The brain stem controls all of your basic motor functions, but the rest of her brain was unaffected. This meant that there was a chance that she was still conscious but unable to communicate, a condition known as Locked-in Syndrome. He said the best-case scenario was that she might regain control of opening and closing her eyes. No chance of speech, or movement.
Joe and Sofie knew their mother would not have wanted to live like that. She was Catholic. She’d signed a DNR. She longed to see her deceased husband again. The choice was made to keep Urszula alive until Sofie could come from Singapore, do her 14-day mandatory quarantine, and say goodbye.
The hospital moved Urszula to palliative care. That night and the following few days Joe wept so hard it scared me. He said he felt like his baby was dying. She was. I tried to pull him into my own body. Blanket him in the unconditional comfort she had given him.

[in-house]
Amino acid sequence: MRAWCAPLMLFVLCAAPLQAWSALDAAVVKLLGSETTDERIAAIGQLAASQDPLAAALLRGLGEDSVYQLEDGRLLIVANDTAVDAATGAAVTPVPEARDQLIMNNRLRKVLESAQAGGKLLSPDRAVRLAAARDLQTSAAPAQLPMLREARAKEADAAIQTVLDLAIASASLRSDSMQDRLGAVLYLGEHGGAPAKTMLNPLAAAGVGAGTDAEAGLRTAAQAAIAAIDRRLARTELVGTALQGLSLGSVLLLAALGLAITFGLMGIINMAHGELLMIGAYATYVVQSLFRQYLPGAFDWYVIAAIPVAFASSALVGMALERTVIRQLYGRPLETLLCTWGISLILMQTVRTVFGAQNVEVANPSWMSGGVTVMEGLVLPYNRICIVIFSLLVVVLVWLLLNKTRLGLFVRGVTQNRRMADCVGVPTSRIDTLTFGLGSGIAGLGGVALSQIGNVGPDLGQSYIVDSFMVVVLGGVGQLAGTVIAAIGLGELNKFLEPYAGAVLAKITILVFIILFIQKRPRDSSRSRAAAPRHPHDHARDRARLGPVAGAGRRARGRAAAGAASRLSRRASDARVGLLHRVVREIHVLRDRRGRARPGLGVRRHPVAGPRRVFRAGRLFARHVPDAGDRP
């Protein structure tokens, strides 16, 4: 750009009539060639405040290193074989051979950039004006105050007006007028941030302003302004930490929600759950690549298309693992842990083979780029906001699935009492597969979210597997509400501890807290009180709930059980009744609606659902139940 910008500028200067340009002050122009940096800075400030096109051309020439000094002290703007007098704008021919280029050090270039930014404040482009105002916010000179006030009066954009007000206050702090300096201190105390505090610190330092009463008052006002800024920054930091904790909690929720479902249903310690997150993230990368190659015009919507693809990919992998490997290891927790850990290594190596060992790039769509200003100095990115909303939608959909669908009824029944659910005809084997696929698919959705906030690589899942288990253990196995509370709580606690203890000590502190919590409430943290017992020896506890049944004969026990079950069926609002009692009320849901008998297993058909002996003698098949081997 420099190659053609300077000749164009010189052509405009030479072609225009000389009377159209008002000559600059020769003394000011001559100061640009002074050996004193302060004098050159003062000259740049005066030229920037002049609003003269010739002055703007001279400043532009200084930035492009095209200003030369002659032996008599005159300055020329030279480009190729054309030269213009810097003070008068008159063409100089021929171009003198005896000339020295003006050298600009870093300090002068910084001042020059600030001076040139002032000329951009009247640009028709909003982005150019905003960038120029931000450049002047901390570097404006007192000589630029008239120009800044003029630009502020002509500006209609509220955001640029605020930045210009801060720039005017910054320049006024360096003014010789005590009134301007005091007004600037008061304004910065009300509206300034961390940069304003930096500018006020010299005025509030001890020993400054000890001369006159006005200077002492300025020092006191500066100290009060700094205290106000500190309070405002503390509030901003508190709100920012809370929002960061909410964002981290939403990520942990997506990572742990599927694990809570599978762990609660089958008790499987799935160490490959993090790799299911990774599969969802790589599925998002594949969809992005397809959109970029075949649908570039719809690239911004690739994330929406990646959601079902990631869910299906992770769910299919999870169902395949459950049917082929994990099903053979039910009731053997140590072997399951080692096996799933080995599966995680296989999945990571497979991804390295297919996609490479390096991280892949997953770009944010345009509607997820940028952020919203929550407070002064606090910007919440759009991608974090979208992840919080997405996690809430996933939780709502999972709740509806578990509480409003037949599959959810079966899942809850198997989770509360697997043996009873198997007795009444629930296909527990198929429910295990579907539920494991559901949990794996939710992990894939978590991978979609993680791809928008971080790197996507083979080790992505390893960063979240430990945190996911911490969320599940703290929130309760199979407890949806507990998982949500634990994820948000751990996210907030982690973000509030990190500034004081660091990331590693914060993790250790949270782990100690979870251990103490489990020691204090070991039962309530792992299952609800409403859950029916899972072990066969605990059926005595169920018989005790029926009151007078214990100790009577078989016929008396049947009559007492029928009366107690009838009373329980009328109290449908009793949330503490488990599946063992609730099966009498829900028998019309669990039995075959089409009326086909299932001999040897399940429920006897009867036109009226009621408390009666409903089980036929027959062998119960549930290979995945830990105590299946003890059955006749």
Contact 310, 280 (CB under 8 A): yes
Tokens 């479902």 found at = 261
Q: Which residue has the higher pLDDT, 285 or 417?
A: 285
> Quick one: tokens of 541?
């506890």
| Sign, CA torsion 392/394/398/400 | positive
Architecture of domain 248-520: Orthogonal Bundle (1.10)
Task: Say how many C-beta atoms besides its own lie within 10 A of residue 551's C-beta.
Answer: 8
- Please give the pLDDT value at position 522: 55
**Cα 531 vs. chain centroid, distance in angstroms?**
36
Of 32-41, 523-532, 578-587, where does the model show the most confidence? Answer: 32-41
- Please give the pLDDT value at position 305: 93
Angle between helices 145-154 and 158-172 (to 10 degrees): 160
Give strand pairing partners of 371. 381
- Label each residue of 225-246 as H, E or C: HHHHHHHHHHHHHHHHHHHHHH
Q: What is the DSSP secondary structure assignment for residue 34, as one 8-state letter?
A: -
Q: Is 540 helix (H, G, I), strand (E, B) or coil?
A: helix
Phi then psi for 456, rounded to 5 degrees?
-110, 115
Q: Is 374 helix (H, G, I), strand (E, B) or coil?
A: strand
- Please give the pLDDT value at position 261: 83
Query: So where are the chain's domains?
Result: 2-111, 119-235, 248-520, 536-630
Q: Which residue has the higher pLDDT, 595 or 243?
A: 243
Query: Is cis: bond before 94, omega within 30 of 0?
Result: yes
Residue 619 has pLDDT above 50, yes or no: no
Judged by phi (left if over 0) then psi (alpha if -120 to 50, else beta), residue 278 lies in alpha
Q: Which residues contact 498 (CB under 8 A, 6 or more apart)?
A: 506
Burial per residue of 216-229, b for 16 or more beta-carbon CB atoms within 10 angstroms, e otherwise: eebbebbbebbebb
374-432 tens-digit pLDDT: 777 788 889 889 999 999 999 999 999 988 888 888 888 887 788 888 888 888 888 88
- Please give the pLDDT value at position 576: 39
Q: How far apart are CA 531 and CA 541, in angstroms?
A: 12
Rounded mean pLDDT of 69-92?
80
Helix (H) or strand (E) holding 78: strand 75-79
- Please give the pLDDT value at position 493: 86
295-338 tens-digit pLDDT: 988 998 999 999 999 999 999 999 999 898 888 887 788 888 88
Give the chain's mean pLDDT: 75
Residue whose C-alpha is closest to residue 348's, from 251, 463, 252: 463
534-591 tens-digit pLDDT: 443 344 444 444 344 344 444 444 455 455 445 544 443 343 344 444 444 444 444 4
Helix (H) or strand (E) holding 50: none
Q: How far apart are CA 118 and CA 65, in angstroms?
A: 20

In the depths of devastation, one thing became clear to me. I wanted us to be family.
Joe and his mother had a unique relationship. Urszula had him over 15 years after his siblings. She called him her “Old Baby” and he called her the same. They had their own language (literally Polish) but beyond that, their own way of communicating that involved a lot of not listening to each other, fake exasperation and making one another laugh.
Joe comes from a family of tall tales, filled with the struggles of mental illness and alcoholism, and the triumphs of a sister and found-brother (Mike) saving his life and nurturing his passions. Their family lived through so much and I was an outsider. I was “Joe’s girlfriend.”
For days, Joe tried to get me into the hospital to see Urszula, but the answer was always no. One night, frustrated and upset, I slid a little gold ring on my wedding finger and got out of the car. Seeing there was someone new at the desk, I seized the opportunity. “My husband’s upstairs. My mother-in-law is in palliative care.” He didn’t even check the list, “Go on up.”